Mac Musings

Google Making Gmail More Secure

Dan Knight - 2009.06.17 - Tip Jar

Gmail users, rejoice!

Gmail remains in betaNo, Google's free email service hasn't left beta, a status it has had since it was introduced over five years ago.

Google has begun testing a more secure version of Gmail (Google Mail in the UK and Germany) that uses secure, encrypted HTTP. Although Gmail uses HTTPS when a user logs in, it uses insecure, unencrypted HTTP for everything else. That means WiFi users are susceptible to having their email read by hackers.

The HTTPS protocol encrypts data sent between the user's computer and the server, which means that the WiFi data a hacker sees will be garbled even if your WiFi connection itself isn't encrypted.

Nothing New

Google already offers HTTPS to Gmail users, but it's turned off by default. To enable it, log into Gmail using your favorite browser, click on the Settings link, and scroll to the bottom of the page. I did that with my oldest Gmail account this morning, even though I connect via ethernet instead of WiFi.

Set Gmail to always use HTTPS
Tell Gmail to always use HTTPS.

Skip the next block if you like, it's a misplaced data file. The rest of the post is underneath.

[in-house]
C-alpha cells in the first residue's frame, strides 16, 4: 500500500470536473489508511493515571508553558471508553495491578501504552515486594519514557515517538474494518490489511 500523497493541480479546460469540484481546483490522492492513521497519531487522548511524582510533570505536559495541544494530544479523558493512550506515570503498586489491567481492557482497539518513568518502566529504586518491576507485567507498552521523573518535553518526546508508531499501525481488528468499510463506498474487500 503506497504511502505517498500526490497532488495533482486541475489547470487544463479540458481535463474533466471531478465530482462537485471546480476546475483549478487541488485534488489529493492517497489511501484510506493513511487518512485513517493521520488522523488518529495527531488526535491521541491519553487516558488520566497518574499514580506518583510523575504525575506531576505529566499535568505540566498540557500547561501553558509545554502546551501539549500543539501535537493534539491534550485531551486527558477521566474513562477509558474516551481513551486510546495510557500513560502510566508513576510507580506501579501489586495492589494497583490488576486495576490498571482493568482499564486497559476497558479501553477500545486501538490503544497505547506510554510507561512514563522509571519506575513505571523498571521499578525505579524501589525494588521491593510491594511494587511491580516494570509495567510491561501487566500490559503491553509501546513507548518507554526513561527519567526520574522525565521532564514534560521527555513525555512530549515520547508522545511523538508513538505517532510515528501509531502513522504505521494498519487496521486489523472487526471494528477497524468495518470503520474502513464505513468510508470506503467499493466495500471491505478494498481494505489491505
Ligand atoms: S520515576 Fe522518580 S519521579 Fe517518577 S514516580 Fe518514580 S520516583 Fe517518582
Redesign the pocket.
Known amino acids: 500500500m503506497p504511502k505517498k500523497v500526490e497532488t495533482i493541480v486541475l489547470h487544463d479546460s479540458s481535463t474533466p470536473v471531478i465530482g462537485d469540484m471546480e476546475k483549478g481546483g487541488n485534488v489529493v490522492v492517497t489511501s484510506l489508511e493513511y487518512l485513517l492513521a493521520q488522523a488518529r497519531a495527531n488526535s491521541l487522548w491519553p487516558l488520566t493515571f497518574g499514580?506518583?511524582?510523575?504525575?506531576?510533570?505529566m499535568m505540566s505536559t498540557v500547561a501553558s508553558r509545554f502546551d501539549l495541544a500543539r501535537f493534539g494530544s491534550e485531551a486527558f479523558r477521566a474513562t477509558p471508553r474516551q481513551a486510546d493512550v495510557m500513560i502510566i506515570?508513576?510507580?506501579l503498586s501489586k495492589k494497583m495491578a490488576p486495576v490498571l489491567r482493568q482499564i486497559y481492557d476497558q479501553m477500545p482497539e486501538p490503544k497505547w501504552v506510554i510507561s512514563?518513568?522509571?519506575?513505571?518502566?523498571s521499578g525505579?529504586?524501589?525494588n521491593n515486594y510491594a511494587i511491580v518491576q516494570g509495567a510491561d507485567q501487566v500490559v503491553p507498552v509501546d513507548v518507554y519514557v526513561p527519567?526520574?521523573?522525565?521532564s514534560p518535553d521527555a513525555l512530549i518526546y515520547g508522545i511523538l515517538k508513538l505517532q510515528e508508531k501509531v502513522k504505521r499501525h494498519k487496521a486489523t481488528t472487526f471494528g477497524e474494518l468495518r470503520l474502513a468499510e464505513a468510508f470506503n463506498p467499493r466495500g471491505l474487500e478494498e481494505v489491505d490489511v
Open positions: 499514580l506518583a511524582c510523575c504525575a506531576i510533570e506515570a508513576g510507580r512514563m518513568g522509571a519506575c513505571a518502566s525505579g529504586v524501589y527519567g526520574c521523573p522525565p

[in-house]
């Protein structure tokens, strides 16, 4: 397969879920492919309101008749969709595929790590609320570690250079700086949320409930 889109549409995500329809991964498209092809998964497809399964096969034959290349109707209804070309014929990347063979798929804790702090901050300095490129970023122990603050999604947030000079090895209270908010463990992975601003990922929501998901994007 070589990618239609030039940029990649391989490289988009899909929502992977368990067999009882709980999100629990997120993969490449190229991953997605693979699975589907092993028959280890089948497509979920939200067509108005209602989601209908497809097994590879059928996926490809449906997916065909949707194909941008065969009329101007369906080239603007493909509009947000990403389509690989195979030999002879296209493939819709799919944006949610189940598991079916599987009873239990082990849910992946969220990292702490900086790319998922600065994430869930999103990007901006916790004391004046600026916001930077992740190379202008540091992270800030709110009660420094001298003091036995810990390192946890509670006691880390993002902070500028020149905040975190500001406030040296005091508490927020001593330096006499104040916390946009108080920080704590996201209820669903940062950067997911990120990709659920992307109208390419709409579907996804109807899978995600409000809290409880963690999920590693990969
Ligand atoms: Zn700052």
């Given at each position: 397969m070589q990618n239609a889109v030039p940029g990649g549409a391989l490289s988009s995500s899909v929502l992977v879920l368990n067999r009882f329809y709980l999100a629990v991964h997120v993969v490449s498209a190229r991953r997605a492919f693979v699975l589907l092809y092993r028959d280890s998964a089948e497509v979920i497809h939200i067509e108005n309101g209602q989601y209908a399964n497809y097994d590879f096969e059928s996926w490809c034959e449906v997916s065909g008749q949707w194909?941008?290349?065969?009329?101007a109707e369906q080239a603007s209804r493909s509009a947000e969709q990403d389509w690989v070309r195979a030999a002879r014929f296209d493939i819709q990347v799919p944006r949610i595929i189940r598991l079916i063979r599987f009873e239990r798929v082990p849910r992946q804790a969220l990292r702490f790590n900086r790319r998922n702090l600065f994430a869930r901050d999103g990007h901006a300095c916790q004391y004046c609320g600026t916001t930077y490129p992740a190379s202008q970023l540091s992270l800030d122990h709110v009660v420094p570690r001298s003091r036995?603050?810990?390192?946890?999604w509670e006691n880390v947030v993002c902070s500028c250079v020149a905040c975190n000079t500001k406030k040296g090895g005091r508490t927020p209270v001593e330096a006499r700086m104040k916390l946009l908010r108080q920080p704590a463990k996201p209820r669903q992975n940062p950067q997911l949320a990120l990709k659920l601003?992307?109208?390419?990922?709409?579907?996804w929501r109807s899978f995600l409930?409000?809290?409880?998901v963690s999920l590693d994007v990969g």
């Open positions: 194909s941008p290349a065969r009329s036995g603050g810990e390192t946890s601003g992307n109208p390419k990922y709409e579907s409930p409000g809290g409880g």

What is new is that Google will be testing the secure connection for a sampling of users who haven't selected it. Google will be performance testing HTTPS to see if service remains fast enough or degrades under the additional overhead imposed by encrypting the data and verifying a secure connection.

Depending on the results, Google could move more users to HTTPS transparently over time, eventually making it Gmail's default behavior.

Until then, if you ever access Gmail via unencrypted WiFi, I suggest you make sure your account is set to always use HTTPS.

Less Secure

Jeremiah Grossman, chief technology officer at White Hat Security, says that Google is already way ahead of Yahoo and Microsoft, which don't offer HTTPS to their free email users.

Interestingly, Google Docs, Google's free cloud-based word processing and spreadsheet service, and Google Calendar use an unsecured HTTP connection by default and don't offer users the option of always using HTTPS. However, users concerned for security can access these services securely by typing https:// rather than http:// when connecting to Google's servers.

Some Glitches

FAQ on enabling HTTPS for GmailUsing secure Gmail isn't without some drawbacks. In addition to more system overhead due to encryption and decryption, some services are currently incompatible with Gmail via HTTPS:

  • If you use iGoogle, a personalized Google page, the Gmail gadget won't work.
  • If you use Gmail Notifier with Windows, you need to update the program to work with HTTPS.
  • If you use Gmail Mobile versions prior to 1.5, you may experience errors. With version 1.5 or later, you'll need to enable the "Always use secure network connections (slower performance)" option.
  • If you use Google Toolbar in your browser (Internet Explorer and Firefox only), you may experience 404 errors. The only solution at present is to not use HTTPS.